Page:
The property tax contributes relatively little revenue in most African countries, representing only 0.38 percent of gross domestic product, on average, compared to more than 2 percent the mostly developed countries that make up the Organisation for Economic Co-operation and Development (OECD). Property Tax in Africa identifies many common challenges, including poor tax collection and enforcement, weak administration, and inadequate systems for assessing property values.
Despite the relatively low utilization of the property tax in most African countries, some cities generate significant revenues from the tax. The property tax represents 42 percent of all locally generated revenue in Freetown, Sierra Leone, 23 percent in Nairobi, Kenya, and 21 percent in Accra, Ghana, for example.
The book also highlights some successes in cities that have been able to bolster their property tax systems. The city of Kitwe, Zambia undertakes supplementary valuations, which have increased the number of properties on the tax rolls and increased assessed values, leading to greater revenue. In Kampala, Uganda, officials from the national Uganda Revenue Authority and the Ministry of Finance collaborated with the local government to set up a new office for revenue collection, which more than doubled the collection of property tax in four years.
A resource for property tax scholars as well as public officials and practitioners on the ground, the book makes recommendations for improving the performance of the property tax in Africa, including the following:
- Thoroughly analyze the property tax system and decide how it relates to national economic development goals.
- Audit the legal underpinnings of the property tax and redraft laws, as needed, to lay the groundwork for more effective systems.
- In most countries, concentrate reform in the largest cities.
- Focus on collection and enforcement systems first.
- Plan gradual transitions that allows the tax administration to catch up and taxpayers to get used to the new system.
In addition to continent-wide and regional overviews, the book includes detailed analyses of the 29 countries: Benin, Botswana, Cabo Verde, Cameroon, Central African Republic, Cote d’Ivoire, Democratic Republic of the Congo, Egypt, Equatorial Guinea, Gabon, The Gambia, Ghana, Kenya, Liberia, Madagascar, Mauritius, Morocco, Mozambique, Namibia, Niger, Rwanda, Senegal, Sierra Leone, South Africa, Sudan, Tanzania, Uganda, Zambia, and Zimbabwe.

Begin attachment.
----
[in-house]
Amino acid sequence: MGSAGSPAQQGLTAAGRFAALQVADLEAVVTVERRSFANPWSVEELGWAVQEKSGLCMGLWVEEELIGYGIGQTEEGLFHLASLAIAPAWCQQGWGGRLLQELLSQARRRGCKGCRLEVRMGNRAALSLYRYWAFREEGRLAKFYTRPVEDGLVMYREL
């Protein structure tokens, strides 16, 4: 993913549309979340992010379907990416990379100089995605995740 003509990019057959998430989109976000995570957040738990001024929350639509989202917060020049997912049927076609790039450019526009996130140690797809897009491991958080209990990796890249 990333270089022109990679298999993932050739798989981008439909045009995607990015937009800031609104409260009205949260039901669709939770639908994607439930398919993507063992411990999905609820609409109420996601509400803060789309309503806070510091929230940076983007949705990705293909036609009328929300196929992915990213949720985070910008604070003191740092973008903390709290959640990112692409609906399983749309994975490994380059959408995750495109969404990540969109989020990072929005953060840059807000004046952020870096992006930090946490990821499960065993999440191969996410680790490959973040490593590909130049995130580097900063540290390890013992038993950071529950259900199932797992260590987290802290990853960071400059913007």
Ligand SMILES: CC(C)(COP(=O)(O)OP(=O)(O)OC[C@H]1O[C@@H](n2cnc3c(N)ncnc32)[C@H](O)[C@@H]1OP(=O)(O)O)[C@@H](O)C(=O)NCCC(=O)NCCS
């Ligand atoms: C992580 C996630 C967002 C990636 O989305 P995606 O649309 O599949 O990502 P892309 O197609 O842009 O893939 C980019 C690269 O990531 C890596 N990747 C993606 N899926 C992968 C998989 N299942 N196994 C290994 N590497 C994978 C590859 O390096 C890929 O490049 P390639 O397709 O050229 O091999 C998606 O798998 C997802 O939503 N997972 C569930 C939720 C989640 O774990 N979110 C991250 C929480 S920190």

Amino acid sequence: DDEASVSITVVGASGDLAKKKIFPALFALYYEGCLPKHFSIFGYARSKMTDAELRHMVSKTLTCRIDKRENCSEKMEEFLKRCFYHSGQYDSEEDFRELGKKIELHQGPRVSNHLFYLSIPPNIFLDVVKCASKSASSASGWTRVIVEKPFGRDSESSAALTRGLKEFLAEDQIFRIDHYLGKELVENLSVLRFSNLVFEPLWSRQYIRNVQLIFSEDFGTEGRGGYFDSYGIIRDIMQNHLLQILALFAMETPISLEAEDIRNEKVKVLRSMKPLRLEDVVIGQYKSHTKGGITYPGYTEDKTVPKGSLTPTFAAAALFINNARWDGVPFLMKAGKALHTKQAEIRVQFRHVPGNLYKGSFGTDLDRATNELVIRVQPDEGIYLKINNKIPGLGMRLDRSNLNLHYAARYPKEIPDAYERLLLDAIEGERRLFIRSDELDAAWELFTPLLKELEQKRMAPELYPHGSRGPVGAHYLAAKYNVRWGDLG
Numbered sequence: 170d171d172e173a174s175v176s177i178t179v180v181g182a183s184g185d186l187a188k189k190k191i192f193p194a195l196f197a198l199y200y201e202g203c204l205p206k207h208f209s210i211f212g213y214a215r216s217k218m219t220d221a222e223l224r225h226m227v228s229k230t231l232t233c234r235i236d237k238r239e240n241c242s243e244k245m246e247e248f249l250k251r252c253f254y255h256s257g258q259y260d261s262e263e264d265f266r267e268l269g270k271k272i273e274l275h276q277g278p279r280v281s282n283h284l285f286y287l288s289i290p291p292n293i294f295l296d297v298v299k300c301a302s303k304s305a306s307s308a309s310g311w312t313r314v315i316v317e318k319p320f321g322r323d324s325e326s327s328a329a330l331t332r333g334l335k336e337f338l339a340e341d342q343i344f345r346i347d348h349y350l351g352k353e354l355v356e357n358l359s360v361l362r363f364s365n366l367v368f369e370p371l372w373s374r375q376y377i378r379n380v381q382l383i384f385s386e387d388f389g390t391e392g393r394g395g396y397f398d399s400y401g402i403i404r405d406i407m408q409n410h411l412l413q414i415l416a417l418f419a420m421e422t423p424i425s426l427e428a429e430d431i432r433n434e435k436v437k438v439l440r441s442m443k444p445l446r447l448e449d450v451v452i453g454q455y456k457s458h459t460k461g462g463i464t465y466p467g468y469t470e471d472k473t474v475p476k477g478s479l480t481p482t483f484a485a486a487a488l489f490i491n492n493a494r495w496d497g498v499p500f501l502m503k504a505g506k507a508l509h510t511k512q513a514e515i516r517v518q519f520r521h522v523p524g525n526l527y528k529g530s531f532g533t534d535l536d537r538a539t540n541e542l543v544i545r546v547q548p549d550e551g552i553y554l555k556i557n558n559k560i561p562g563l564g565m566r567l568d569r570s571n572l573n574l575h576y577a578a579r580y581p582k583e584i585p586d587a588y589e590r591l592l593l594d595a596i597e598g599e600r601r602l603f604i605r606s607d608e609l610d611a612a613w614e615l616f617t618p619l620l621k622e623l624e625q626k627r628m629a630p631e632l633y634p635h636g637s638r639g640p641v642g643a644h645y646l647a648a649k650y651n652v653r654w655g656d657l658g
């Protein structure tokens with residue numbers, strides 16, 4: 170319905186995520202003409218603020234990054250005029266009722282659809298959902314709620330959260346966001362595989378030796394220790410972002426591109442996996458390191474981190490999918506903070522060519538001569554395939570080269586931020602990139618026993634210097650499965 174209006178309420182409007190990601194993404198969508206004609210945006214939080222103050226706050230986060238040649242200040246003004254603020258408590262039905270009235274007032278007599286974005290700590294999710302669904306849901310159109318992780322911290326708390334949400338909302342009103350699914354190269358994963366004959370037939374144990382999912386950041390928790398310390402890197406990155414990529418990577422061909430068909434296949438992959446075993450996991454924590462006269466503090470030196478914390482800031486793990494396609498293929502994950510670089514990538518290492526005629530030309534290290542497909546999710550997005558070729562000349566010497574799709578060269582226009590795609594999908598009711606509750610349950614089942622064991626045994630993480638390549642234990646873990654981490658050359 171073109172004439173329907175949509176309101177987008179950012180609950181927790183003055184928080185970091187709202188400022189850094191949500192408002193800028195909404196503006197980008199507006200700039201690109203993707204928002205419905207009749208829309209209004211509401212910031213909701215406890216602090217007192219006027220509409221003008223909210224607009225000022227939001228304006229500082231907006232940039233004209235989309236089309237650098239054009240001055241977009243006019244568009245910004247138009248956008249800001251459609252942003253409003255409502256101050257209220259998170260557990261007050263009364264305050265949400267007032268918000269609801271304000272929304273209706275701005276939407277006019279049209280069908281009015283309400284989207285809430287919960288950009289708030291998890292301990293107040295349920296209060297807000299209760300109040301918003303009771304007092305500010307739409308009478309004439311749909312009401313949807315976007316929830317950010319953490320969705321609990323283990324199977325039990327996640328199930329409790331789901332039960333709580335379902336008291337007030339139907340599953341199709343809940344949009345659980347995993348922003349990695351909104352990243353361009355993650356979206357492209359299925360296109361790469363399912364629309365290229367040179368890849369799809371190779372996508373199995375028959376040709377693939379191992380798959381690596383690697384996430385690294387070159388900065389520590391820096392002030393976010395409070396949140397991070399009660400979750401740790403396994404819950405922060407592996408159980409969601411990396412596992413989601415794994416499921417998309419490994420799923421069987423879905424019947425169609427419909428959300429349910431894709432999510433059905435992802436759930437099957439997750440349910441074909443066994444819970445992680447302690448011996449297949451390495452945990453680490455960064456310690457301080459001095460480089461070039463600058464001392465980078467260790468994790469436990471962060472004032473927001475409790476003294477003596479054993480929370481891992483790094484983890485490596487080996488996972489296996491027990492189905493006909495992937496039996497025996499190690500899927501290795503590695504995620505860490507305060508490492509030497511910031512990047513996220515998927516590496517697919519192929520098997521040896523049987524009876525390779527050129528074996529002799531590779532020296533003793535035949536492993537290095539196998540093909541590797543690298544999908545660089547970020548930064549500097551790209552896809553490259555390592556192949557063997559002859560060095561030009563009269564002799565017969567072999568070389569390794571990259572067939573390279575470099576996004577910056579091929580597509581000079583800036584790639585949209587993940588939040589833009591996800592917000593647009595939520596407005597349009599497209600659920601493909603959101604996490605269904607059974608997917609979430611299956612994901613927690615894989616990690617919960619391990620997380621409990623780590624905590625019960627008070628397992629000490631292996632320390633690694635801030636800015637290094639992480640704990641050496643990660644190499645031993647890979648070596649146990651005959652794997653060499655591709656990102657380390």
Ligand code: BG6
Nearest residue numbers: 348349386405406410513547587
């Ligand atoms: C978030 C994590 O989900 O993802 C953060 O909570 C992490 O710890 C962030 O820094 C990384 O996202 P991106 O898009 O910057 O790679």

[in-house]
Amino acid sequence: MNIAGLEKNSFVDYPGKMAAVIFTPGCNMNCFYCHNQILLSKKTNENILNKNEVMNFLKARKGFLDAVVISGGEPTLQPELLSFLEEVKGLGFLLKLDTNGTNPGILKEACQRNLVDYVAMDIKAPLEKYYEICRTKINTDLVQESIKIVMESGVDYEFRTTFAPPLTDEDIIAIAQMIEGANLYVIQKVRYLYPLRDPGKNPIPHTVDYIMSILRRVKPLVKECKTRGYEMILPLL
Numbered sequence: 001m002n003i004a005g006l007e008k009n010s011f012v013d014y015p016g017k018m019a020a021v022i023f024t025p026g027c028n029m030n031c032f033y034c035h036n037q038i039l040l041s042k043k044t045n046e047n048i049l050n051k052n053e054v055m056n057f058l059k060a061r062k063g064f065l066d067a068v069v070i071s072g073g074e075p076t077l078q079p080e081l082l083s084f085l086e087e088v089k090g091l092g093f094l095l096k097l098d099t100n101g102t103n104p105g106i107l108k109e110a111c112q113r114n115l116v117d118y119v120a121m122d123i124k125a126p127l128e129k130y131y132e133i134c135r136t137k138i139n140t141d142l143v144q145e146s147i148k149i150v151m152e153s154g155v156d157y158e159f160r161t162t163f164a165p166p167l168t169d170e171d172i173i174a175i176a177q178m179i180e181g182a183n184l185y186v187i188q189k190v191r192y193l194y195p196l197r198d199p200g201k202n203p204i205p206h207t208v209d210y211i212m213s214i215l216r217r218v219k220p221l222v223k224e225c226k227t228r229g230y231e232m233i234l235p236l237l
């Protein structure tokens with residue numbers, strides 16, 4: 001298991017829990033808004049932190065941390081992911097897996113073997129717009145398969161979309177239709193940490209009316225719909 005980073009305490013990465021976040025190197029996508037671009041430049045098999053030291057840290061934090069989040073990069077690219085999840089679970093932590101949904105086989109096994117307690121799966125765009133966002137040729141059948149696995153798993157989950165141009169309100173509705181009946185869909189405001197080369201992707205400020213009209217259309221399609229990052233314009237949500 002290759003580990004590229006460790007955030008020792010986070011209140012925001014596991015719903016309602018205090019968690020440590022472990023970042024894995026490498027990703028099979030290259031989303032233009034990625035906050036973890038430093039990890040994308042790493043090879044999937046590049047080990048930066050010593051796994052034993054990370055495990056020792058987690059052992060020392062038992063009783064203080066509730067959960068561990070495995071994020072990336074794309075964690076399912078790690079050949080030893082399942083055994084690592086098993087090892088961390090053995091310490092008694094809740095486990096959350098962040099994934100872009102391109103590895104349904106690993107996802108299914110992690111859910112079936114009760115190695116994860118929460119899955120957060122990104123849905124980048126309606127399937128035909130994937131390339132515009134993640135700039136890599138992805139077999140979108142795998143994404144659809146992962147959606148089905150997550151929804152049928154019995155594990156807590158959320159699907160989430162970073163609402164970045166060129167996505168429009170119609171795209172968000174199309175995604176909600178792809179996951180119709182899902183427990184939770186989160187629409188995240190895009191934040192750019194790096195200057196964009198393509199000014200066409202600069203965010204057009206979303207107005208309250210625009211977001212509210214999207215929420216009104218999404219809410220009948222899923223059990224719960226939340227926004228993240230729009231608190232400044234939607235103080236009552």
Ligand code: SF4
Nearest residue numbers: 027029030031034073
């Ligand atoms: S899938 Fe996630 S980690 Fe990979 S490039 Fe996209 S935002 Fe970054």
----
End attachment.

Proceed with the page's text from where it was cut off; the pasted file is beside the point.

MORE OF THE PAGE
Odds & Ends
We are hiring for several positions across the Lincoln Institute … We were well represented earlier this week at the Brookings Municipal Finance Conference and Lourdes Germán will be a part of the National Institute of Public Finance convening next week in California … Still a long way from New York or San Francisco, Philadelphia grapples with affordable housing … Martim Smolka helped shape the discussion of property rights, housing, value capture, and implementation of the New Urban Agenda last week in Madrid, Spain … Rethinking the property tax in London including the land value tax … Our partners at New York University presented our Atlas of Urban Expansion to a packed room of 21st century mapmakers … Planning Magazine reviews Nature and Cities … Resilience, public space, and value capture were hot topics at the New York Times Cities for Tomorrow conference earlier this month, where the Lincoln Institute was a media partner … A well-researched overview of the global land challenge from the BBC … Proposals are being collected for the International Land Conservation Network’s planned Global Congress to be held in Santiago, Chile next year … Cities are getting better at developing useful comprehensive plans, writes Kathleen McCormick in Land Lines … The Center for Community Investment at the Lincoln Institute is now accepting applications for the Fulcrum Fellowship, a 15-month leadership development program for mid-career professionals to help disinvested communities achieve their environmental, social and economic priorities … This month’s highlighted Working Paper: Evaluating the Effect of Differences in Revenue Systems on the Fiscal Health of Large U.S. Cities, by Howard Chernick.
--ANTHONY FLINT & WILL JASON
Photo credit: Union Station, Worcester, MA By Jason Ouellet & Chelsea Creekmore / Flickr CC BY 2.0